Monday, October 31, 2005
# Posted 9:14 PM by Ariel David Adesnik
I disagree. Not on ethical grounds of course. I think presidents should tell the truth, sooner rather than later. But I'm not sure whether doing so is all that smart. The problem here is that both Democrats and Republicans have an incentive to draw the wrong lessons from history.
Democrats would clearly relish an immediate admission of wrong-doing from Rove and/or Bush without having to pull it out of him. But the real lesson of the Lewinsky episode -- GOP denials to the contrary -- is that Americans may enjoy raking their president over the coals because of an errant blowjob, but they will also forgive him because loose lips don't sink ships when they belong to Monica Lewinsky.
Certain Republicans have an incentive to overvalue mea culpas because they want to believe that Reagan eventually decided to tell the truth to the American public, rather than persisting in his delusions of innocence. This was certainly the line taken on Meet the Press by Reagan chief of staff Ken Duberstein. Tim Russert and his Democratic guests all agreed, because I think they're hoping for a Bush confession. (To my surprise, Reagan's foremost biographer has taken this position as well.)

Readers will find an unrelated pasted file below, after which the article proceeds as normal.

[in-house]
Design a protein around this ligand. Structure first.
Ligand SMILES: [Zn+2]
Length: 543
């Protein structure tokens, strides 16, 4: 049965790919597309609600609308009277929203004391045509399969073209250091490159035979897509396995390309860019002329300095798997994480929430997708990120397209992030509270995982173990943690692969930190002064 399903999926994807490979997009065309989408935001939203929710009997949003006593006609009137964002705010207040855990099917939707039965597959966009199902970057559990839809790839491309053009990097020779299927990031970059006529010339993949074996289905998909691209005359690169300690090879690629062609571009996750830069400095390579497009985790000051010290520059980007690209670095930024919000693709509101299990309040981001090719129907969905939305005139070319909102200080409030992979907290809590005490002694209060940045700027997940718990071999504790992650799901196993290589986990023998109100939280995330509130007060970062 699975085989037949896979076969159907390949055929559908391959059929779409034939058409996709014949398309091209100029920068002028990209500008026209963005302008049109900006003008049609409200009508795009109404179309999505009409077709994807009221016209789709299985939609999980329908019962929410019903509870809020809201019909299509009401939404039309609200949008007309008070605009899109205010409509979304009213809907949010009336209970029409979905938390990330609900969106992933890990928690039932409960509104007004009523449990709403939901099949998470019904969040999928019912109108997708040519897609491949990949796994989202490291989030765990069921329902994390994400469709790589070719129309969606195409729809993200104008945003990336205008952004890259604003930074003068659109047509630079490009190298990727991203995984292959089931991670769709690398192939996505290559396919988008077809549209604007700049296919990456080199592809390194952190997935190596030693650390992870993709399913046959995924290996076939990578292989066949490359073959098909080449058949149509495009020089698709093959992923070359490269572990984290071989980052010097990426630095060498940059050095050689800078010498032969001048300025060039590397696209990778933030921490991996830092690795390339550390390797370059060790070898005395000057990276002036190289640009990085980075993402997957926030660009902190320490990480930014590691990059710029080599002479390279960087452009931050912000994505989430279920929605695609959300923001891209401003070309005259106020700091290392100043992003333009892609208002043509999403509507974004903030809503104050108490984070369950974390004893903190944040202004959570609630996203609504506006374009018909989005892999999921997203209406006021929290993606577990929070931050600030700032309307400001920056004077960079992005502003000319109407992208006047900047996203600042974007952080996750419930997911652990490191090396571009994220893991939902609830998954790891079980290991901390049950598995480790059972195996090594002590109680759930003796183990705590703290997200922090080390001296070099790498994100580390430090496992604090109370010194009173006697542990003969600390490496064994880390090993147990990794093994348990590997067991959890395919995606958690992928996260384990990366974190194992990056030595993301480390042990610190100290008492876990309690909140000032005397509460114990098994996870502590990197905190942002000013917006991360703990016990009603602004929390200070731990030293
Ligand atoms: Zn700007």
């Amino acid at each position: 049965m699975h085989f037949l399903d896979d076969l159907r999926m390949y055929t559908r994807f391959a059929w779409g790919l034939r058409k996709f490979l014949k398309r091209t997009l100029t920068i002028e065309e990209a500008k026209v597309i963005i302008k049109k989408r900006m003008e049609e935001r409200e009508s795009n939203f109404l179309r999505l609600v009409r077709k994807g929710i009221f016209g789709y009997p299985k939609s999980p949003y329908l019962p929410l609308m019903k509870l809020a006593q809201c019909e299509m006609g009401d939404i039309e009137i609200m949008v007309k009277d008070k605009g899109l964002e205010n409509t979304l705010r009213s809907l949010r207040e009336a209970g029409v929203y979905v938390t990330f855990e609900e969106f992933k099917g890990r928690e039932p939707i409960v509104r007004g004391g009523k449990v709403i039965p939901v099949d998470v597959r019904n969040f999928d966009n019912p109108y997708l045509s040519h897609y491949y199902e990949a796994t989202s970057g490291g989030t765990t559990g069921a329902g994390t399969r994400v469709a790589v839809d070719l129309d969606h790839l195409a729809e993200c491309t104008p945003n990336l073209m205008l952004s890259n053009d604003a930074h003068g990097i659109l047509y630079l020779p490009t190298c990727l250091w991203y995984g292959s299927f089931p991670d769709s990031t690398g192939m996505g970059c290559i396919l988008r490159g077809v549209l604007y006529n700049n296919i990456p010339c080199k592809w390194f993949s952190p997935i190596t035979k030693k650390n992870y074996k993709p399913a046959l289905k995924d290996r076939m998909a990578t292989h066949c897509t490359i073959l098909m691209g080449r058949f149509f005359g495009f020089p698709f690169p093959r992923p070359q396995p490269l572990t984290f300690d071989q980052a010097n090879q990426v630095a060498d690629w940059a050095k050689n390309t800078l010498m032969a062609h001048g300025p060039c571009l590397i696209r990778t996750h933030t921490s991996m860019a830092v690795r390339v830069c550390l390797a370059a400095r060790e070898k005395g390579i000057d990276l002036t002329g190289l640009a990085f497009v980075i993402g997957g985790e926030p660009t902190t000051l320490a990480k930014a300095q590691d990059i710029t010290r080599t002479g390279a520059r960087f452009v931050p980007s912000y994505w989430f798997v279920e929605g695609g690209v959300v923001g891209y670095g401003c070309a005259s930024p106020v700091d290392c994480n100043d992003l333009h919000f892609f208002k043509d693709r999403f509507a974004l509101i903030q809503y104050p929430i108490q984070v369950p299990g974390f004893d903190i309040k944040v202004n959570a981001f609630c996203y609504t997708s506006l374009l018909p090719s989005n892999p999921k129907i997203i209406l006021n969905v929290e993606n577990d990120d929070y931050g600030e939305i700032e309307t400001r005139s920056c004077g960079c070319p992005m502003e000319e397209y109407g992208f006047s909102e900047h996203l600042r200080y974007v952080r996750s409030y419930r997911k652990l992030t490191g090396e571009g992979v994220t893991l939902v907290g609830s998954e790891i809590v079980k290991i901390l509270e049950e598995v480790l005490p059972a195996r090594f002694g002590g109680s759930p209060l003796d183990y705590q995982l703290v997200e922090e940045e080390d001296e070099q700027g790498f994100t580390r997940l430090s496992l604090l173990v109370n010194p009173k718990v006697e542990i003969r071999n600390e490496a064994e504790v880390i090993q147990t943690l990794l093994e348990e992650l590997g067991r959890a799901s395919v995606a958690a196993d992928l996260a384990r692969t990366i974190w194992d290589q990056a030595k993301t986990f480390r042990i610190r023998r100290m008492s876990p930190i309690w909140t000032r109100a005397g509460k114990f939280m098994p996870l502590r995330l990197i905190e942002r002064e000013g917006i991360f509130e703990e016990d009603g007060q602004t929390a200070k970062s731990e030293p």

But in spite of his semi-confession that he traded arms for hostages (which was only one of the issues at stake in Iran-Contra), Reagan and his associates proved to be extraordinarily uncooperative when it came to revealing the truth. But Reagan's breakthroughs in his negotiations with Gorbachev were so dramatic that he was able to leave office as a champion.
So my cynical advice for Bush is this: Win the war in Iraq. History will only rememeber Scootergate if America fails in Baghdad. (0) opinions -- Add your opinion
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